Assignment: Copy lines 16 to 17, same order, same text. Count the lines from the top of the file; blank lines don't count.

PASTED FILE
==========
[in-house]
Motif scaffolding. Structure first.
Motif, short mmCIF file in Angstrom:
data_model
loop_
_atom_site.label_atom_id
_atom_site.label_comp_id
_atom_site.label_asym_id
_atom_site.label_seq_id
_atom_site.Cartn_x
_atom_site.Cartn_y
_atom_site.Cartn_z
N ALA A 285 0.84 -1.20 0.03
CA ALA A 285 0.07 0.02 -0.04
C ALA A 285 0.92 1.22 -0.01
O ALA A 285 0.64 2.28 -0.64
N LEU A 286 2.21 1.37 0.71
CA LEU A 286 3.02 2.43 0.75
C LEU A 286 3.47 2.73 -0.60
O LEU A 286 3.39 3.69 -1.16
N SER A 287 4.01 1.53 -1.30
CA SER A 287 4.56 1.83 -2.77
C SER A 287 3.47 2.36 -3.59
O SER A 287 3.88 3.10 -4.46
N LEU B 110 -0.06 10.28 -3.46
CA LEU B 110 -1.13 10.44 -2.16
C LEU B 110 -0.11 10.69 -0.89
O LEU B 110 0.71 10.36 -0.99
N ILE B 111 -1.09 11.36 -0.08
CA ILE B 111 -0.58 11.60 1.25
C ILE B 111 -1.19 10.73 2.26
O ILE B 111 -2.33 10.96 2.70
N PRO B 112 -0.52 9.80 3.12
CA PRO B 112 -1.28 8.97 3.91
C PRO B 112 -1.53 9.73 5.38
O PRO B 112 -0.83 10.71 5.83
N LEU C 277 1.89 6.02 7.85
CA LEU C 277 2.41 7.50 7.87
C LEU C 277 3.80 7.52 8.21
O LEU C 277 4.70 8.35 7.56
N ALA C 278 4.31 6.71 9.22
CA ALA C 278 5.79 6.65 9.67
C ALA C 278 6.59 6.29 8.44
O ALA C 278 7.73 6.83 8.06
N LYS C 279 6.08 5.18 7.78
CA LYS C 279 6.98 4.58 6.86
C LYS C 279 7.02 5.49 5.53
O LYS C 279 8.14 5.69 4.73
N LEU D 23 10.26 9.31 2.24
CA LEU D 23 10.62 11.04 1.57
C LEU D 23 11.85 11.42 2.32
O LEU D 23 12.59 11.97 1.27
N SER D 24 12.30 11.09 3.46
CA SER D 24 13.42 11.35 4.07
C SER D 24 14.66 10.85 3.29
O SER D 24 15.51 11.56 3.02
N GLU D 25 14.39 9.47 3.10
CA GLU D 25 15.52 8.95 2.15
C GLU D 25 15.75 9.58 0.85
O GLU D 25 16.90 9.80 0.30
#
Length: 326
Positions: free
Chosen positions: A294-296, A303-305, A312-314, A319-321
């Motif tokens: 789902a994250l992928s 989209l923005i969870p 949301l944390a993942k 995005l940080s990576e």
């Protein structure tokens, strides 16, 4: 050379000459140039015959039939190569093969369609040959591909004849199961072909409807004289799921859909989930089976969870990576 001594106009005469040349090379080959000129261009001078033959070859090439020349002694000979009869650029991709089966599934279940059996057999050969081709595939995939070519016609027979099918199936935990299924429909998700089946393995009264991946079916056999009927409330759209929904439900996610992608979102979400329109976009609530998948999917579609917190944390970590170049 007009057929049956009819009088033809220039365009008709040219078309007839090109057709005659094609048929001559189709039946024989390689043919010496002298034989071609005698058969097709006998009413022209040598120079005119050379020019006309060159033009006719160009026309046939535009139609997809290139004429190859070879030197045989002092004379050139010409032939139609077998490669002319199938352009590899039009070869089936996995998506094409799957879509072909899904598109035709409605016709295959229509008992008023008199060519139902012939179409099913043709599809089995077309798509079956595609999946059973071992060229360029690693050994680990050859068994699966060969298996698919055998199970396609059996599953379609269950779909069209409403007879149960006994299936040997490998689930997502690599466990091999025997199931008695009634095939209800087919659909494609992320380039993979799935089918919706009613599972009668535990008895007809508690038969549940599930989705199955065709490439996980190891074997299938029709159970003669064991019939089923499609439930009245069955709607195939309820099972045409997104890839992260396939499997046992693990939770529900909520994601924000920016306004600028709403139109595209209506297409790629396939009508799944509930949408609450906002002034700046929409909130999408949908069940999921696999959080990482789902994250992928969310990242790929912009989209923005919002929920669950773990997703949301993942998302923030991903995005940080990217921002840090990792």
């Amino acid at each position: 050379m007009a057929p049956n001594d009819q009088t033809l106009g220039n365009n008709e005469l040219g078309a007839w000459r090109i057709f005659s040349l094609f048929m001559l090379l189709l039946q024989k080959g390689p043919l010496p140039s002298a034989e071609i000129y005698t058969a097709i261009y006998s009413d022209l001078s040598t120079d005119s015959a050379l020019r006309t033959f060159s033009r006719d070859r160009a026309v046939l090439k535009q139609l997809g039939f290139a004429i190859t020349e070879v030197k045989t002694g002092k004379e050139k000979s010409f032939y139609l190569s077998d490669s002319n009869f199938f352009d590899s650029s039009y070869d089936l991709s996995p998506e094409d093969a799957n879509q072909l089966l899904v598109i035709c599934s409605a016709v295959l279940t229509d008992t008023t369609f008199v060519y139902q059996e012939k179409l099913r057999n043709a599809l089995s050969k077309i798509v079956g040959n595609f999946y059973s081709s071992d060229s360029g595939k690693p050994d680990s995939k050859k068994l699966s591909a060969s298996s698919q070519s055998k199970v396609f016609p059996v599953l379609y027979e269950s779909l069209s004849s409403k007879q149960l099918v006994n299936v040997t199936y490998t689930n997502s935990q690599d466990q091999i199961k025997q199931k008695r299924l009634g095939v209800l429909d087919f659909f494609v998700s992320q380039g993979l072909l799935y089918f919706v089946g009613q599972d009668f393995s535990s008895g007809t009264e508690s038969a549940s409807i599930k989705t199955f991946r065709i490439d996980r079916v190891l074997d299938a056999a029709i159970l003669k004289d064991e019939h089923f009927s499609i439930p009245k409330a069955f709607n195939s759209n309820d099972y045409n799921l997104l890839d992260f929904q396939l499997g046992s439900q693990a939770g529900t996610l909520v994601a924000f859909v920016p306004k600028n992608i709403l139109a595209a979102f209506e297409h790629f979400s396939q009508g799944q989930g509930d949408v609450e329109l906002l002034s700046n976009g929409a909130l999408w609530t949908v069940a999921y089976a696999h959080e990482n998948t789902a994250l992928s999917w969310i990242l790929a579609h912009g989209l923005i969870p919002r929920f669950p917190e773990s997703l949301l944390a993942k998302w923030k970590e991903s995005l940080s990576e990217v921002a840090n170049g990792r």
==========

O ALA A 285 0.64 2.28 -0.64
N LEU A 286 2.21 1.37 0.71